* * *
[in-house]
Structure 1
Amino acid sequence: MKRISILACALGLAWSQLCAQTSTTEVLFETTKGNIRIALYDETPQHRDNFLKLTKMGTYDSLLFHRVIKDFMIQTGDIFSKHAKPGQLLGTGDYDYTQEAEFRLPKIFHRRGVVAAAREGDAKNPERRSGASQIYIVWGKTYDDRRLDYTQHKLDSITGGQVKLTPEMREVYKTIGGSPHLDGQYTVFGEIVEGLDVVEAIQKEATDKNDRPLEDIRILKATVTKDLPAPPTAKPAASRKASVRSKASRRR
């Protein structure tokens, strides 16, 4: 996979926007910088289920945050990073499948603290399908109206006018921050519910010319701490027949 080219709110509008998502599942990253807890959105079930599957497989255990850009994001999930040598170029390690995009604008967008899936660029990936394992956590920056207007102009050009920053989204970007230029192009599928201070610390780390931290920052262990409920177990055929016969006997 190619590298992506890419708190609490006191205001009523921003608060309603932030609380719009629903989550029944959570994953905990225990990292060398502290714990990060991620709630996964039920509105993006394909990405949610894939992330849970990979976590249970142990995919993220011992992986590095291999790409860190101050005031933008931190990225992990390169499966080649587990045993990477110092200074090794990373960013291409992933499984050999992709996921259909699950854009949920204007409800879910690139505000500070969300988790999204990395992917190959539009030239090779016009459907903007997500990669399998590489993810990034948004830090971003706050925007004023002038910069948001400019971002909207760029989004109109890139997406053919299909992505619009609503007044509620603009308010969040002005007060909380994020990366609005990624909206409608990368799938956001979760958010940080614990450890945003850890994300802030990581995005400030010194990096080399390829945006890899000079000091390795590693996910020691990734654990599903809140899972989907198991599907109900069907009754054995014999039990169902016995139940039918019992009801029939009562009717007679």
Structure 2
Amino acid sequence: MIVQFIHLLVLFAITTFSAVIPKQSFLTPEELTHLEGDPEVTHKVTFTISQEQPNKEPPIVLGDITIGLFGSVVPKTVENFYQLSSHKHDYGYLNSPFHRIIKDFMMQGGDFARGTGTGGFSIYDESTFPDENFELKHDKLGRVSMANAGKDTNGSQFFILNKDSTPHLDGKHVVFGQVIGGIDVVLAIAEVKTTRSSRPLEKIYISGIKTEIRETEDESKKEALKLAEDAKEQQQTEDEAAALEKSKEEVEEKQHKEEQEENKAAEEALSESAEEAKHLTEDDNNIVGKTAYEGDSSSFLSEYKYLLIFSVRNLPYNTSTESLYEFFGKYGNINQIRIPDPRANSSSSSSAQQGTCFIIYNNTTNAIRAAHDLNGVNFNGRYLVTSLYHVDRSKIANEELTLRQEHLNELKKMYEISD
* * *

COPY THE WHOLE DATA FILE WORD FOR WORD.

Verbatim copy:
[in-house]
Structure 1
Amino acid sequence: MKRISILACALGLAWSQLCAQTSTTEVLFETTKGNIRIALYDETPQHRDNFLKLTKMGTYDSLLFHRVIKDFMIQTGDIFSKHAKPGQLLGTGDYDYTQEAEFRLPKIFHRRGVVAAAREGDAKNPERRSGASQIYIVWGKTYDDRRLDYTQHKLDSITGGQVKLTPEMREVYKTIGGSPHLDGQYTVFGEIVEGLDVVEAIQKEATDKNDRPLEDIRILKATVTKDLPAPPTAKPAASRKASVRSKASRRR
């Protein structure tokens, strides 16, 4: 996979926007910088289920945050990073499948603290399908109206006018921050519910010319701490027949 080219709110509008998502599942990253807890959105079930599957497989255990850009994001999930040598170029390690995009604008967008899936660029990936394992956590920056207007102009050009920053989204970007230029192009599928201070610390780390931290920052262990409920177990055929016969006997 190619590298992506890419708190609490006191205001009523921003608060309603932030609380719009629903989550029944959570994953905990225990990292060398502290714990990060991620709630996964039920509105993006394909990405949610894939992330849970990979976590249970142990995919993220011992992986590095291999790409860190101050005031933008931190990225992990390169499966080649587990045993990477110092200074090794990373960013291409992933499984050999992709996921259909699950854009949920204007409800879910690139505000500070969300988790999204990395992917190959539009030239090779016009459907903007997500990669399998590489993810990034948004830090971003706050925007004023002038910069948001400019971002909207760029989004109109890139997406053919299909992505619009609503007044509620603009308010969040002005007060909380994020990366609005990624909206409608990368799938956001979760958010940080614990450890945003850890994300802030990581995005400030010194990096080399390829945006890899000079000091390795590693996910020691990734654990599903809140899972989907198991599907109900069907009754054995014999039990169902016995139940039918019992009801029939009562009717007679």
Structure 2
Amino acid sequence: MIVQFIHLLVLFAITTFSAVIPKQSFLTPEELTHLEGDPEVTHKVTFTISQEQPNKEPPIVLGDITIGLFGSVVPKTVENFYQLSSHKHDYGYLNSPFHRIIKDFMMQGGDFARGTGTGGFSIYDESTFPDENFELKHDKLGRVSMANAGKDTNGSQFFILNKDSTPHLDGKHVVFGQVIGGIDVVLAIAEVKTTRSSRPLEKIYISGIKTEIRETEDESKKEALKLAEDAKEQQQTEDEAAALEKSKEEVEEKQHKEEQEENKAAEEALSESAEEAKHLTEDDNNIVGKTAYEGDSSSFLSEYKYLLIFSVRNLPYNTSTESLYEFFGKYGNINQIRIPDPRANSSSSSSAQQGTCFIIYNNTTNAIRAAHDLNGVNFNGRYLVTSLYHVDRSKIANEELTLRQEHLNELKKMYEISD